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January 12, 2010 2:52 PM Best “Value” Colleges

By Daniel Luzer

From USA Today comes news that the Princeton Review has published its annual list of best value colleges. Topping the list are the University of Virginia (for public schools) and Swarthmore College (for private schools).

Wait, what? Out-of-state tuition at UVA is $31,680. Tuition at Swarthmore is $37,860. While these aren’t the most expensive school s in America, almost 40K a year isn’t cheap and it’s certainly not what most people would call value.

That’s because value in the Princeton Review sense doesn’t really have much do to with cost. From the article:

The Princeton Review selected the schools based on surveys of administrators and students at more than 650 public and private college and university campuses.
Overall selection criteria included more than 30 factors in three areas: academics, costs and financial aid. Academic ratings were based on student surveys about such issues as professors’ accessibility and class sizes, as well as institutional reports about student-faculty ratios and percent of classes taught by teaching assistants.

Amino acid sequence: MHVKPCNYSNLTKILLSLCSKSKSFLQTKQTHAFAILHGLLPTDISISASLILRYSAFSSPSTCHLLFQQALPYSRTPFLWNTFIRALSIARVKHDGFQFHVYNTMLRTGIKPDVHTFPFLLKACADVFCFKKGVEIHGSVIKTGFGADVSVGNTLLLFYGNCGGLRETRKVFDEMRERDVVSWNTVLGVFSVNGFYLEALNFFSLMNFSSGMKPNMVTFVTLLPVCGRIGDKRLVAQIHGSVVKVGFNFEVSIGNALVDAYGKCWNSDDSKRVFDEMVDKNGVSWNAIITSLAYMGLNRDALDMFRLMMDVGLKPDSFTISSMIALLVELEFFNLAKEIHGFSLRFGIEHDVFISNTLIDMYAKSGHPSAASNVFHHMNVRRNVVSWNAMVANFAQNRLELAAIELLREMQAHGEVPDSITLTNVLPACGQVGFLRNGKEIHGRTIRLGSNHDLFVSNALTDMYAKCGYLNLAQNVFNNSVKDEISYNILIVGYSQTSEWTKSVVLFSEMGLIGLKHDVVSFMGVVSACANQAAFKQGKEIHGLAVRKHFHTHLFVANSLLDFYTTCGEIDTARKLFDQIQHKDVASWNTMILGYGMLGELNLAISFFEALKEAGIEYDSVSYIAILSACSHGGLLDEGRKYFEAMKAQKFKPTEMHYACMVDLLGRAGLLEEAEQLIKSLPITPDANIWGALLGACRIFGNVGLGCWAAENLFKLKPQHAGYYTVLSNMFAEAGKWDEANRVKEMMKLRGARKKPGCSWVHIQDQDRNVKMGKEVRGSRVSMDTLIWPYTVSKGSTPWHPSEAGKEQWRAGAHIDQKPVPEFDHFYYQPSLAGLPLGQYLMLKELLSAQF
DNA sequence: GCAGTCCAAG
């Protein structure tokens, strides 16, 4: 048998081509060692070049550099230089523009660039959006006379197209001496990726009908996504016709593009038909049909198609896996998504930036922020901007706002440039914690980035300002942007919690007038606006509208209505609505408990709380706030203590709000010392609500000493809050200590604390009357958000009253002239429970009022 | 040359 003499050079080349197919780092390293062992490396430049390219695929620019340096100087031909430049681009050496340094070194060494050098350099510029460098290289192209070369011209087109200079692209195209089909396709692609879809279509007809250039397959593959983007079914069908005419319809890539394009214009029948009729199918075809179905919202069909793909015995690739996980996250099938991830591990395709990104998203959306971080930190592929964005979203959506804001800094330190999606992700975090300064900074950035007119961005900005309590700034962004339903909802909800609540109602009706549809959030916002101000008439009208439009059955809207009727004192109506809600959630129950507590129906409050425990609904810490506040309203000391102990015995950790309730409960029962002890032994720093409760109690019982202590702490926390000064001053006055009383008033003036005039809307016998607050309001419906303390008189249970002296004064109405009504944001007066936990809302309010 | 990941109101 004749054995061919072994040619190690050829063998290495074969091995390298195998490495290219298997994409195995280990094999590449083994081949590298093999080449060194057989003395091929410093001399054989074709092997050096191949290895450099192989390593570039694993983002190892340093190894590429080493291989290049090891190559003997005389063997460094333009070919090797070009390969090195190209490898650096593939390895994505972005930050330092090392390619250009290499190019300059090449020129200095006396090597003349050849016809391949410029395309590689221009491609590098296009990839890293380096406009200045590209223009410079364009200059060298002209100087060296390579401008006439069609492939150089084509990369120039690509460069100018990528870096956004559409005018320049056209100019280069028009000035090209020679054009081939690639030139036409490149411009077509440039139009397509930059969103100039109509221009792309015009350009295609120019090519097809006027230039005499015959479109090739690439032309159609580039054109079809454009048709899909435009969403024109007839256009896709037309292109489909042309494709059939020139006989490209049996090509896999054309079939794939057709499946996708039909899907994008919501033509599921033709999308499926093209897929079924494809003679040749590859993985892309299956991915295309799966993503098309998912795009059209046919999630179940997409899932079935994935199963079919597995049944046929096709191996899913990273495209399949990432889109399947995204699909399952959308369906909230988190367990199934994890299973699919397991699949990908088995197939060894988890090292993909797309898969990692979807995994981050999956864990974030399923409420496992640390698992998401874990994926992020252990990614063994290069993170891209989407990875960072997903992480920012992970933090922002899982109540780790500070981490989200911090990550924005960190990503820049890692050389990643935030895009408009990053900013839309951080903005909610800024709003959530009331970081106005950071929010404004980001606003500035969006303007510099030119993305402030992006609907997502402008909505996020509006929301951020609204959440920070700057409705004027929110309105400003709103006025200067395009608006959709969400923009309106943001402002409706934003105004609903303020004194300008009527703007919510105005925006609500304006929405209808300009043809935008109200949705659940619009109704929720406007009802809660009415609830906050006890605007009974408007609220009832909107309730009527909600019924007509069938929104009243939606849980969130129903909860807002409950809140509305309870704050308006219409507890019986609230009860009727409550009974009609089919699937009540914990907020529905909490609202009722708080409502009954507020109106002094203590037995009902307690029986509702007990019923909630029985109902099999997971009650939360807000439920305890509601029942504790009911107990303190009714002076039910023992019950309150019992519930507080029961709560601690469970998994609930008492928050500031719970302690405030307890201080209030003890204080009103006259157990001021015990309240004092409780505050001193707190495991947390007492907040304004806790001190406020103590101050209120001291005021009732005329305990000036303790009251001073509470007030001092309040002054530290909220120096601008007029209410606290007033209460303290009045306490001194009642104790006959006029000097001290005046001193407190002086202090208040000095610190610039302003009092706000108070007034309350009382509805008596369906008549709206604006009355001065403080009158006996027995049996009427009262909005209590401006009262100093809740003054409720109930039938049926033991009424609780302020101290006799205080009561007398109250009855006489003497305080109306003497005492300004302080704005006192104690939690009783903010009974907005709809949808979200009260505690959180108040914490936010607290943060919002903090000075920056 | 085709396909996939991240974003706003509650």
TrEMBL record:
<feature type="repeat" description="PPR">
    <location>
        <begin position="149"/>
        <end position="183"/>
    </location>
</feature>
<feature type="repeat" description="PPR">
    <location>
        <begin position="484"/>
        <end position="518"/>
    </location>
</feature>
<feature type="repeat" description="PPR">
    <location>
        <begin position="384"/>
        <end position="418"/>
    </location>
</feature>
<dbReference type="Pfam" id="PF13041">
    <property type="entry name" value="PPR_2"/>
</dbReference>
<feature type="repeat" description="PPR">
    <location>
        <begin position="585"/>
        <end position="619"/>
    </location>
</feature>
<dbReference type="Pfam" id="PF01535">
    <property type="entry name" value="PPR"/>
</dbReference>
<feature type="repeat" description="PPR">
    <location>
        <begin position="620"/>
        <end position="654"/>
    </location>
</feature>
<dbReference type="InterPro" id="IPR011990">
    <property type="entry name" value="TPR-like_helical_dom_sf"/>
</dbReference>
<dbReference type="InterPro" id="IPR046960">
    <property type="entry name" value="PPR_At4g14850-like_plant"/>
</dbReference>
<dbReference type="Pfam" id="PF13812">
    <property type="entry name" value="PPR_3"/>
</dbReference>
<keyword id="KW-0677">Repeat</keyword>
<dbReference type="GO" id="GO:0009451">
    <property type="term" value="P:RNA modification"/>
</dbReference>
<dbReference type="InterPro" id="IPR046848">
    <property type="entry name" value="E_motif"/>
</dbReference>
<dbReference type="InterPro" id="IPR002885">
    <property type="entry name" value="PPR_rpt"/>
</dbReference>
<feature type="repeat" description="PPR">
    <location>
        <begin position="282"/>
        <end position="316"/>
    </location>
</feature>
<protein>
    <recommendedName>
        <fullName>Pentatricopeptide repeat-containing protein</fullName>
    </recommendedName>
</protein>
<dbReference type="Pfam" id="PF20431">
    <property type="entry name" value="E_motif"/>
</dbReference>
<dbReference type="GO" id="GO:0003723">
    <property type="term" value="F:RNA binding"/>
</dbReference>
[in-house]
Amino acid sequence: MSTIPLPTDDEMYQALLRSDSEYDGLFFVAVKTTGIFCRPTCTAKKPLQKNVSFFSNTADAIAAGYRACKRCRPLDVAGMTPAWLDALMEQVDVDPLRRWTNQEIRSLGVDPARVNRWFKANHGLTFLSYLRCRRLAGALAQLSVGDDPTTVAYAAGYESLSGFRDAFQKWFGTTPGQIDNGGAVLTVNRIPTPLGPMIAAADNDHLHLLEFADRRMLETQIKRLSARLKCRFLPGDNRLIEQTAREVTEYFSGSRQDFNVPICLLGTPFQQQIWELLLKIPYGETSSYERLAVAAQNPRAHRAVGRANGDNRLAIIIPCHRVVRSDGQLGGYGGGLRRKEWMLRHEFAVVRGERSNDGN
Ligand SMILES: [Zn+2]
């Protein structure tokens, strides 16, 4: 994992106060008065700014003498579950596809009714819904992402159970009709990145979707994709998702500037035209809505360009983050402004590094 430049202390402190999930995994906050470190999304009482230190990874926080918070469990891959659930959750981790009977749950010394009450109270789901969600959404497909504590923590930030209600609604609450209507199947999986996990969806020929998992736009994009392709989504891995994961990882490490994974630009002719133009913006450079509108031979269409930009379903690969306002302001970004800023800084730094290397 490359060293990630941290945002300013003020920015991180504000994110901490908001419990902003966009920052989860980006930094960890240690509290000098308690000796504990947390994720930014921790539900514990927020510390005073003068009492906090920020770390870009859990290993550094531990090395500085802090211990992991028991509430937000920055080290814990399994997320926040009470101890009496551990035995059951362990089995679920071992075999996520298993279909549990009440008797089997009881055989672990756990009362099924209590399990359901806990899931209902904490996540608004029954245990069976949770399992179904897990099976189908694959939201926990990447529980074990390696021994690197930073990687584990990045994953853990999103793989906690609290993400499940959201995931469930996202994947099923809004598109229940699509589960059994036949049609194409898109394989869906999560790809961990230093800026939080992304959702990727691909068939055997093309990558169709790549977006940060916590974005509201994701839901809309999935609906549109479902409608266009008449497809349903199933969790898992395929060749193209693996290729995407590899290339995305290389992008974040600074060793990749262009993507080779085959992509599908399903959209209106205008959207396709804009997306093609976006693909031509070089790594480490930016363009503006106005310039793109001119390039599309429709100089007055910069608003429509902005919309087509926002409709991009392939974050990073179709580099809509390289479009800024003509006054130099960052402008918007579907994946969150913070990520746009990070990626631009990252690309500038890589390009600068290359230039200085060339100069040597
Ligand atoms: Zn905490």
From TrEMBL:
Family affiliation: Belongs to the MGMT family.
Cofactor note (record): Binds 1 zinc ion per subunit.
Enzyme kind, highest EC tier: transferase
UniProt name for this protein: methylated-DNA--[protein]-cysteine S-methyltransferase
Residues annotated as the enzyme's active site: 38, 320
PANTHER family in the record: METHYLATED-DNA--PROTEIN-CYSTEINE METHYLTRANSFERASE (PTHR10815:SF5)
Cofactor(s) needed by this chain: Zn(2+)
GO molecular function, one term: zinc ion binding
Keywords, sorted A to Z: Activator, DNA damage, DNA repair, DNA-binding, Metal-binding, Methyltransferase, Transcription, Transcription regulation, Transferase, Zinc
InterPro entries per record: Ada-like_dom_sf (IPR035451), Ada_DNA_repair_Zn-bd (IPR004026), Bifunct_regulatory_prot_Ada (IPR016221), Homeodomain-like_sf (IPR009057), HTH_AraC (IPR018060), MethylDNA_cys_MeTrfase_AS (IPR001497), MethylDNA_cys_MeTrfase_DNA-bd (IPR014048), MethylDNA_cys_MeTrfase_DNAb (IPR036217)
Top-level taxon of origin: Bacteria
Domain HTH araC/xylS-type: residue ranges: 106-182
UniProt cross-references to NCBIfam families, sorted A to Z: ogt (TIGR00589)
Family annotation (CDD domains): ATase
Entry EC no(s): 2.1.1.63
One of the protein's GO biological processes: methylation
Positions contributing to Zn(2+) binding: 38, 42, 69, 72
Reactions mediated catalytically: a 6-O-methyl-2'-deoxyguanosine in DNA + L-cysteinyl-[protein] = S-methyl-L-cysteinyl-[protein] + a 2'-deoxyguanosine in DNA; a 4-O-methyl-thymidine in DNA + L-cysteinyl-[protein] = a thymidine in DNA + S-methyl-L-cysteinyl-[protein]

“Academics, cost, and financial aid.” This means that value is largely based on scholarships given. This is a point that College Guide, too, has made before: there’s a big difference between the sticker price of college and what families have to pay.

The thing with the large scholarships and high cost model of higher education pricing is that it allows colleges to obscure true costs by giving out large, though basically arbitrary, grants to students. That’s great for the students with scholarships but allows college costs to continue to rise unchecked.

Maybe it’s time to figure out real value. Are there any schools out there that are actually cheap?

Daniel Luzer is the news editor at Governing Magazine and former web editor of the Washington Monthly. Find him on Twitter: @Daniel_Luzer